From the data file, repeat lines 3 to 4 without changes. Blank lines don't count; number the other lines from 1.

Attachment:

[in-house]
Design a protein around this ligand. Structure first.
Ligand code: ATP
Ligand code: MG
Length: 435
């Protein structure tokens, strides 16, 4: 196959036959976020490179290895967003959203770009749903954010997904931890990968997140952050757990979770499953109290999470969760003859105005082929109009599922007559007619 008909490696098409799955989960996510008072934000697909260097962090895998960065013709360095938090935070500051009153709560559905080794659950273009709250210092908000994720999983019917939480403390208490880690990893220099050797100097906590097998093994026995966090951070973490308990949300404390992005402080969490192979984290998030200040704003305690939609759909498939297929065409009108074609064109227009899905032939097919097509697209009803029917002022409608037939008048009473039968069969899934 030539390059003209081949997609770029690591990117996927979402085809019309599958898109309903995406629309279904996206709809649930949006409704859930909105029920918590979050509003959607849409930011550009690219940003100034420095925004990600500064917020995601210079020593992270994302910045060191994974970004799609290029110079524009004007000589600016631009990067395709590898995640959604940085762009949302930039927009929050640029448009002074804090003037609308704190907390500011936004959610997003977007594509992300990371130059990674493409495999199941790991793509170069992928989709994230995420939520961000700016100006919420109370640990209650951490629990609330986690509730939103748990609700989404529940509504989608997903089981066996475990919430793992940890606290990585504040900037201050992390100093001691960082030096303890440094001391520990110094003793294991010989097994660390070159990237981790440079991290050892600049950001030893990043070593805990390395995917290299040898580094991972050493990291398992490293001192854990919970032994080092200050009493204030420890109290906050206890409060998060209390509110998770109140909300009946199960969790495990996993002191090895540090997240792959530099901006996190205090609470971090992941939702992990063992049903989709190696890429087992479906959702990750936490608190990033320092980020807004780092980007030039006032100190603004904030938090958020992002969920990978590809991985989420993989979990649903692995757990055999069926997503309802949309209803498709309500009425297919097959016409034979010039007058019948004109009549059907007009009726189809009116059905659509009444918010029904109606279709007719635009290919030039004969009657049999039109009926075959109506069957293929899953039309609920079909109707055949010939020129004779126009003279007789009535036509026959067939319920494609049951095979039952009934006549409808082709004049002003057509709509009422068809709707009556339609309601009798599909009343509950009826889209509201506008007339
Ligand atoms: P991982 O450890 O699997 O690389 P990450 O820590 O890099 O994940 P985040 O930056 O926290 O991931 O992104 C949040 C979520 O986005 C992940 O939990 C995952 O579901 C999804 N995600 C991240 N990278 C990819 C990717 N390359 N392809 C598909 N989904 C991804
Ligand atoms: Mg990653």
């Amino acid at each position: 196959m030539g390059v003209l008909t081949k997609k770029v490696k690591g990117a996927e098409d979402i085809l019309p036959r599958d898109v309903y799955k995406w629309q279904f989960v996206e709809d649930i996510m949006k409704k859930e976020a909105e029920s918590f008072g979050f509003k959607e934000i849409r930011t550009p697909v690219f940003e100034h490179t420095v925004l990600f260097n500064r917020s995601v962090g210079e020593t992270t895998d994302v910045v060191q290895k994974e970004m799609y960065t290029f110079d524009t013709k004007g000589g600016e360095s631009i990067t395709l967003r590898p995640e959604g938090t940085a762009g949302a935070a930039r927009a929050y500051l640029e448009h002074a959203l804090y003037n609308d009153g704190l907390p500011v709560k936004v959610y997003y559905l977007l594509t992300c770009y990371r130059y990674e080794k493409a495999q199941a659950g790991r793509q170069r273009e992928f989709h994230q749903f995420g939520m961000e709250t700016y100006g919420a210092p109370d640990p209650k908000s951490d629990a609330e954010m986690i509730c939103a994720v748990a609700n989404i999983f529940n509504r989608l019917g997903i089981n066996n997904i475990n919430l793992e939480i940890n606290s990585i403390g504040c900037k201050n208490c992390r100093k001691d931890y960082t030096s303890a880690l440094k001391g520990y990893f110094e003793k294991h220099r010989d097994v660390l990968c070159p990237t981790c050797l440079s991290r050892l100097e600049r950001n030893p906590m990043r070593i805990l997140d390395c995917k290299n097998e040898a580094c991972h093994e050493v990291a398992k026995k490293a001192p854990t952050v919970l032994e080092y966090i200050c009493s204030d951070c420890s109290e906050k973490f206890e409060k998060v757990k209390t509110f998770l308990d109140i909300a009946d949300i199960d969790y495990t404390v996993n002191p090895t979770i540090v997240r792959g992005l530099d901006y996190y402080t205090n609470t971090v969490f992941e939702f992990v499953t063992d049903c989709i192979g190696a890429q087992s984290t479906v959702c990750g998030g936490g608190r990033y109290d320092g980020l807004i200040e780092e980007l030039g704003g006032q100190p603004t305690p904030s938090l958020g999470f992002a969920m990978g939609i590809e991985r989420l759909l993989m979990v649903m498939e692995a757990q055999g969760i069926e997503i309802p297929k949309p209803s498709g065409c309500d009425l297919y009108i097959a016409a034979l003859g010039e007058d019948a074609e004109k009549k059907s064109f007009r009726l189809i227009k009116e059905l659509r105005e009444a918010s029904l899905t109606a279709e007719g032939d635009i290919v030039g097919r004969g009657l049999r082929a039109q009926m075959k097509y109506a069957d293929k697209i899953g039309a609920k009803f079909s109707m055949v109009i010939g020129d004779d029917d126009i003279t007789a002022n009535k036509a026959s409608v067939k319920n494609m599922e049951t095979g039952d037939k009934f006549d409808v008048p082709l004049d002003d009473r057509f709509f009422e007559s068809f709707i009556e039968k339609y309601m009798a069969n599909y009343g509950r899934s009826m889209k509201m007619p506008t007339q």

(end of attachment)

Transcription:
Ligand code: ATP
Ligand code: MG